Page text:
“If [a car is] broke down, if things need working on, neighbors in this area at times need something done … if I can’t help you, I’m not going to hurt you,” Smith said. “I’ve never hurt anyone. It’s that simple. It’s a bad deal. A really bad deal. I guess I was naive for getting caught up in this damn thing, too.”
Harpootlian told reporters outside the courtroom Friday that his client Alex Murdaugh had a 20-year opioid addiction that left him broke and that Smith was Alex’s drug dealer of more than a decade.
Smith shook his head “no” when The Post asked if he was Alex’s drug dealer or used drugs himself. He walked bent over as he showed a Post reporter around his yard and introduced his pets — including cats named Jay Z and Biggie and a pit bull mix named Dixie.
The incident with Smith is one more in a series of “red herrings and misinformation in this case that’s being used to obscure what really happened to Maggie and Paul,” local defense attorney Mark Tinsley told The Post. (Tinsley is representing the parents of a 19-year-old girl killed during a 2019 boat crash when Paul, then 19, was at the wheel.)
A local Hampton resident who has known the Murdaughs for more than 30 years said she and other locals do not understand why SLED announced, right after the murders, that there was no “danger to the public.”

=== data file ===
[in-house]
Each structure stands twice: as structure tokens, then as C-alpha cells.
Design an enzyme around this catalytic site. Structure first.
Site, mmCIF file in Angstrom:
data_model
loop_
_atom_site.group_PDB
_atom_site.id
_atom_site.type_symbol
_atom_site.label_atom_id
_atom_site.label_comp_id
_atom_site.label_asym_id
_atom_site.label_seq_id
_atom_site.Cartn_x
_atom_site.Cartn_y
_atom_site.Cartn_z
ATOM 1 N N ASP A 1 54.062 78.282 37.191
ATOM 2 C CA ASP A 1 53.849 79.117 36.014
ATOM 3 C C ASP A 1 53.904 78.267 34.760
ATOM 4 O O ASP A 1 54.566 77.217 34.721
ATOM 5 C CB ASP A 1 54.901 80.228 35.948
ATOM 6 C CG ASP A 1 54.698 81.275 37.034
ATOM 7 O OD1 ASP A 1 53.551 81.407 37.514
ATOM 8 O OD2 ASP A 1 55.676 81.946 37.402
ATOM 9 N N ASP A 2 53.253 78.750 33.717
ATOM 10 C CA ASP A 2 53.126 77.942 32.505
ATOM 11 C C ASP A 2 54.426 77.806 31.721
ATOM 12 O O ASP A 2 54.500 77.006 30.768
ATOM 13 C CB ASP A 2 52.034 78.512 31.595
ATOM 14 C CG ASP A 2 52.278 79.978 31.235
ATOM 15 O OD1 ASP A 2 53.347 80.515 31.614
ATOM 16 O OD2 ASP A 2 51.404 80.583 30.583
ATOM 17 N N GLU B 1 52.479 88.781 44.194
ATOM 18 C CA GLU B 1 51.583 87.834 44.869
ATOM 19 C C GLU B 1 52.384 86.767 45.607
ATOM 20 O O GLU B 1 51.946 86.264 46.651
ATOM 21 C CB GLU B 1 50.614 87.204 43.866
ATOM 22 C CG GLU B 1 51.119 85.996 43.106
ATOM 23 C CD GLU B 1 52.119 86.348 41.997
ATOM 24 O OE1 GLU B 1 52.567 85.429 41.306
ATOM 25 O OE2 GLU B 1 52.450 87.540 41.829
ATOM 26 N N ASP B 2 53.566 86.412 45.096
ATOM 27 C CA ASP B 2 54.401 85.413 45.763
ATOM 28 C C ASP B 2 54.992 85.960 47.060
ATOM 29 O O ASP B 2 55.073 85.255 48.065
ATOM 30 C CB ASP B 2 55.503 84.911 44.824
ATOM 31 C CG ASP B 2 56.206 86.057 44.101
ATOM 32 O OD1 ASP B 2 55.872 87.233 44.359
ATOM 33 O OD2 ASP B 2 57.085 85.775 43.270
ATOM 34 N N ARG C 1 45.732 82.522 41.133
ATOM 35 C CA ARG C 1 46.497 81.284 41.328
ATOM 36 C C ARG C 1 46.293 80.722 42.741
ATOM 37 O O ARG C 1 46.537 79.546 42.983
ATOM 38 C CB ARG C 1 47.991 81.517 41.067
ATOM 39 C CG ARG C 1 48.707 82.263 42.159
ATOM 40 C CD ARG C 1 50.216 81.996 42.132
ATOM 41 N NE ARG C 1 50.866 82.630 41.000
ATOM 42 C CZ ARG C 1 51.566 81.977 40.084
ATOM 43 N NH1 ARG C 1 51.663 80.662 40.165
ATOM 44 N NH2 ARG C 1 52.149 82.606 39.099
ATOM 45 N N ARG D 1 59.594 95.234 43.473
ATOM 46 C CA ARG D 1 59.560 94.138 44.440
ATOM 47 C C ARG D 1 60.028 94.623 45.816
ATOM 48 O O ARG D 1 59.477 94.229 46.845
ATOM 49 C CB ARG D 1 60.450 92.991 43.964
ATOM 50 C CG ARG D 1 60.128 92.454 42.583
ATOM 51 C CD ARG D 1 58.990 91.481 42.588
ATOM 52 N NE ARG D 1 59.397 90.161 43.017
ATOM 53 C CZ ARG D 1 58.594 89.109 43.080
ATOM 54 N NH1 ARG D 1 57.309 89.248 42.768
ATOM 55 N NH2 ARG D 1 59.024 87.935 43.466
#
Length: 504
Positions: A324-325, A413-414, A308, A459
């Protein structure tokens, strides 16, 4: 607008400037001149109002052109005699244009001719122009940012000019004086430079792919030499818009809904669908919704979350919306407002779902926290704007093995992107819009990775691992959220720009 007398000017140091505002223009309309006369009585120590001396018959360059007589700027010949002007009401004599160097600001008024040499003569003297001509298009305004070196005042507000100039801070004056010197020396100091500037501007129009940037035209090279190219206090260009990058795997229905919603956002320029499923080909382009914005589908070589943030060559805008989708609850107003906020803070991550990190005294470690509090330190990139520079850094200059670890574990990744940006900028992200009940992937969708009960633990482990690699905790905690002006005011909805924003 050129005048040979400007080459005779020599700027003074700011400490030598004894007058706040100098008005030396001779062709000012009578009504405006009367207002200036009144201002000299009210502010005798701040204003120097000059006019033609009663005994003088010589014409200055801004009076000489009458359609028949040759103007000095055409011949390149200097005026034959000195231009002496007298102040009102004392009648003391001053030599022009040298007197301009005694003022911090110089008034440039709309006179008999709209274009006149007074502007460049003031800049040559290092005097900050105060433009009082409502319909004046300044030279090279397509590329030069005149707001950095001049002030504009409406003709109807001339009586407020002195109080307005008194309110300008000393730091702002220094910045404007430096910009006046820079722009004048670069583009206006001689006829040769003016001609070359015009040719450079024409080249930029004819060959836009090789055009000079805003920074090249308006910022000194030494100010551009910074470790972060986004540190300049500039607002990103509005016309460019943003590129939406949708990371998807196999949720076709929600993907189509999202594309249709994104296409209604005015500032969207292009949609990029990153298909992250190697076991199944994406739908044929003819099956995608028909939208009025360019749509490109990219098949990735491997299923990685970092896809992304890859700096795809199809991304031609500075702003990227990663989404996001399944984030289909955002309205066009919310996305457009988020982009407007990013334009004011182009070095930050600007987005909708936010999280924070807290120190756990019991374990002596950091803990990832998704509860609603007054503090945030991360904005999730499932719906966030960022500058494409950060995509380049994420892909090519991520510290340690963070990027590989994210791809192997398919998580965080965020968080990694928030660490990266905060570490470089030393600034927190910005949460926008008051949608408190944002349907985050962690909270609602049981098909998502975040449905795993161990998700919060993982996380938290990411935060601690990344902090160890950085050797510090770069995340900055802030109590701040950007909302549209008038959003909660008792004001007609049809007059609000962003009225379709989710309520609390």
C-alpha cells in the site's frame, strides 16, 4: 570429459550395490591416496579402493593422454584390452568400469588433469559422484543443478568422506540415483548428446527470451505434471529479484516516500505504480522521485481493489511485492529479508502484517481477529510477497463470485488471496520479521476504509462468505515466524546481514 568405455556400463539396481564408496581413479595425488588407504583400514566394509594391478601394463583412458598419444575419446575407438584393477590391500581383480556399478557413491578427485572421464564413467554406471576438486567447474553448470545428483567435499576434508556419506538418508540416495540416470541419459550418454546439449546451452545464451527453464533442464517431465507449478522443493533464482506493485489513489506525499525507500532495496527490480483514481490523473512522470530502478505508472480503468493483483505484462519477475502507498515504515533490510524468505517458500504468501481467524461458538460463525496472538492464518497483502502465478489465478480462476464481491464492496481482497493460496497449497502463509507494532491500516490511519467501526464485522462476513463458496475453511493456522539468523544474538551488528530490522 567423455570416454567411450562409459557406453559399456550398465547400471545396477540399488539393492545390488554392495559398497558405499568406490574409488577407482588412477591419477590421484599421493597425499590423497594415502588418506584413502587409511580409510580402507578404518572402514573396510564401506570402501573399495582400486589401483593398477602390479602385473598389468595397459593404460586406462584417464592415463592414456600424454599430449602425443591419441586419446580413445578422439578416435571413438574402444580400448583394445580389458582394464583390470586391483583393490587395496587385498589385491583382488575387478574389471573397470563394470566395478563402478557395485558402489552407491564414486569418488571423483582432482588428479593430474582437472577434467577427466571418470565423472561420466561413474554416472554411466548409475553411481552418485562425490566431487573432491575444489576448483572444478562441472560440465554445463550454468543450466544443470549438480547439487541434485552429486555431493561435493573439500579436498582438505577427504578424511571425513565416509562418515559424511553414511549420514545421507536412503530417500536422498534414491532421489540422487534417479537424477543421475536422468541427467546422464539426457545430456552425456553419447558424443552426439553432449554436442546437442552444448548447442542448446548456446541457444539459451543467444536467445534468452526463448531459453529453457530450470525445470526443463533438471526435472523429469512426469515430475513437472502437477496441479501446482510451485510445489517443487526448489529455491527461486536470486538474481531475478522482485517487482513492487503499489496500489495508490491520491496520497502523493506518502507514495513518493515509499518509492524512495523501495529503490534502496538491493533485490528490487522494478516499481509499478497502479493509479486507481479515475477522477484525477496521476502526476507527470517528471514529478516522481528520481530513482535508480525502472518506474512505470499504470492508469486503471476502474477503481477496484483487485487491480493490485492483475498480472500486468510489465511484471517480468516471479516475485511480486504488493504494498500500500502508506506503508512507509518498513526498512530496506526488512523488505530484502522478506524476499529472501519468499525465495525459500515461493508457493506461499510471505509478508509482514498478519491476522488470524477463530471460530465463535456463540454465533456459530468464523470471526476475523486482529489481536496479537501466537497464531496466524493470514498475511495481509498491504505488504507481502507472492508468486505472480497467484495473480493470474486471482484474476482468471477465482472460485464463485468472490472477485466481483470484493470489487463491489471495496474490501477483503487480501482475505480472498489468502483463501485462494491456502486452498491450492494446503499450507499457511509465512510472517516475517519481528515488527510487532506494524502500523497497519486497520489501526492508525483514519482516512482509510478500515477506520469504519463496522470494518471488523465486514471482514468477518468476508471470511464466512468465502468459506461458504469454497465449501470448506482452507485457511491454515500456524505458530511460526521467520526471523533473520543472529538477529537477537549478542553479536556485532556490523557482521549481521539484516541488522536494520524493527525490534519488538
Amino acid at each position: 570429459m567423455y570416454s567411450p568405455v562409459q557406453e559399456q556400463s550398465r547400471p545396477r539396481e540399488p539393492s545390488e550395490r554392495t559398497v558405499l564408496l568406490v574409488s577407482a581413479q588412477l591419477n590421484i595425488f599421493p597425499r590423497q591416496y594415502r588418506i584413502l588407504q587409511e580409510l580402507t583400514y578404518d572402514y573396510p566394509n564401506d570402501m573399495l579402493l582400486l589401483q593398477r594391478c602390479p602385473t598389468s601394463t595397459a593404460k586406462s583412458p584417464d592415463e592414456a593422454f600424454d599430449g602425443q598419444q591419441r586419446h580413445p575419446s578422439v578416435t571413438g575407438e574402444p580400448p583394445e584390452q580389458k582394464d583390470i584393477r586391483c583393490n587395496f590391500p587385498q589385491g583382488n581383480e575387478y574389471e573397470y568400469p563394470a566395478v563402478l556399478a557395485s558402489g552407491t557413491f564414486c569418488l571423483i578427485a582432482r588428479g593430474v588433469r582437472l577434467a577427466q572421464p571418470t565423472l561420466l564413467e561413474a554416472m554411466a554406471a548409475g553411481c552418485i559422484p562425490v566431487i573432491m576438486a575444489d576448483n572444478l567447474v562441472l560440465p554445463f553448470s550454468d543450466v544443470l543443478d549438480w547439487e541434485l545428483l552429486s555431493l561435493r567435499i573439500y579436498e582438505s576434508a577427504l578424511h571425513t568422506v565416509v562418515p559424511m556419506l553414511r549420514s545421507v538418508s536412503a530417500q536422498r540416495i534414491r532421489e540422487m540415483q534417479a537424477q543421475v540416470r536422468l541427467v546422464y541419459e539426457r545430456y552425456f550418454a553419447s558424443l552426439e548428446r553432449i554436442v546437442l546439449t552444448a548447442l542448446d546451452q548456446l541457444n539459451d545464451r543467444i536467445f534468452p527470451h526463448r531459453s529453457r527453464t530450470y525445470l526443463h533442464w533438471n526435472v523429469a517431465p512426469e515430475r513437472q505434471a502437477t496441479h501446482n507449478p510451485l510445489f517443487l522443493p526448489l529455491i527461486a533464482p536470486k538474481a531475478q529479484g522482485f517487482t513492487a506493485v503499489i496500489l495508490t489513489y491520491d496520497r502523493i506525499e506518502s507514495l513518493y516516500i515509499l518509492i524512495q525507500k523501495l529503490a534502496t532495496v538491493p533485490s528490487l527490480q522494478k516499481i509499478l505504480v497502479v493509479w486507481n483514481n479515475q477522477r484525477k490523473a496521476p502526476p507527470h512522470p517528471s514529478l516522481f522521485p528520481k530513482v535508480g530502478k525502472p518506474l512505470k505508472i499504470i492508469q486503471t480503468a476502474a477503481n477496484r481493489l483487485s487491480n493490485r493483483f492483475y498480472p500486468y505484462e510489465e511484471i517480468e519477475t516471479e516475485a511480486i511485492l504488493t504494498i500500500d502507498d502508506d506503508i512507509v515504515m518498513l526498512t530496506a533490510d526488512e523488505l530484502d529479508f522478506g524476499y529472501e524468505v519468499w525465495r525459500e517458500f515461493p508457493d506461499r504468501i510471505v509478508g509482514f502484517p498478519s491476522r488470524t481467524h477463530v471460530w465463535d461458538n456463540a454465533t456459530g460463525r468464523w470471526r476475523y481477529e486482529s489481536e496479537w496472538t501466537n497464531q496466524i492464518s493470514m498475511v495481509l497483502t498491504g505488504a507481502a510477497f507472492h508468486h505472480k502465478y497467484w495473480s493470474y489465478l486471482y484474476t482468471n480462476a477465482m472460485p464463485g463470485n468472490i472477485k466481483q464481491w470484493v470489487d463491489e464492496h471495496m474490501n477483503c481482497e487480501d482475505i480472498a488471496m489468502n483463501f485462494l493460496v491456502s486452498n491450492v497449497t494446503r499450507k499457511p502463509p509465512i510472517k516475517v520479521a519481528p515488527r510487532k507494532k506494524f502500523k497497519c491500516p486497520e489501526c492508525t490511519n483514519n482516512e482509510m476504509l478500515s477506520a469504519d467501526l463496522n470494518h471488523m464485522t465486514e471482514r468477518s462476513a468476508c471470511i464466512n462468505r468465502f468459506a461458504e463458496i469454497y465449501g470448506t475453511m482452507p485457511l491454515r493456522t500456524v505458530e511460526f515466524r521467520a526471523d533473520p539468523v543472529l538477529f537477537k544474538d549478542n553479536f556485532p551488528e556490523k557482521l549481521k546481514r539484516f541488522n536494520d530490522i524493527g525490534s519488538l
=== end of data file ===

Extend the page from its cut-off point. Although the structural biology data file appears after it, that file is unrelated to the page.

She and several other locals told The Post they are puzzled as to why two of Alex’s brothers went on “Good Morning America” just two weeks later asking for help finding the killer and offering a reward — when cops initially said there was no danger to the public and never mentioned a hunt for suspects.
“I bet they really regret saying that,” the woman said. She and others also pointed out that the murderer still hasn’t been found and many suspect Murdaugh had some involvement in the killing.
The woman, like a number of residents here interviewed by The Post, said she will only speak on condition of anonymity because she is afraid of the Murdaugh family, which has commanded considerable influence in this area for years and still does.
Since the murders, SLED has opened up several investigations involving the Murdaugh clan, in addition to the double-murder investigation and the charges that were already pending in the 2019 boat crash. (Since Paul’s death, the Murdaugh family has also faced civil charges in the case.)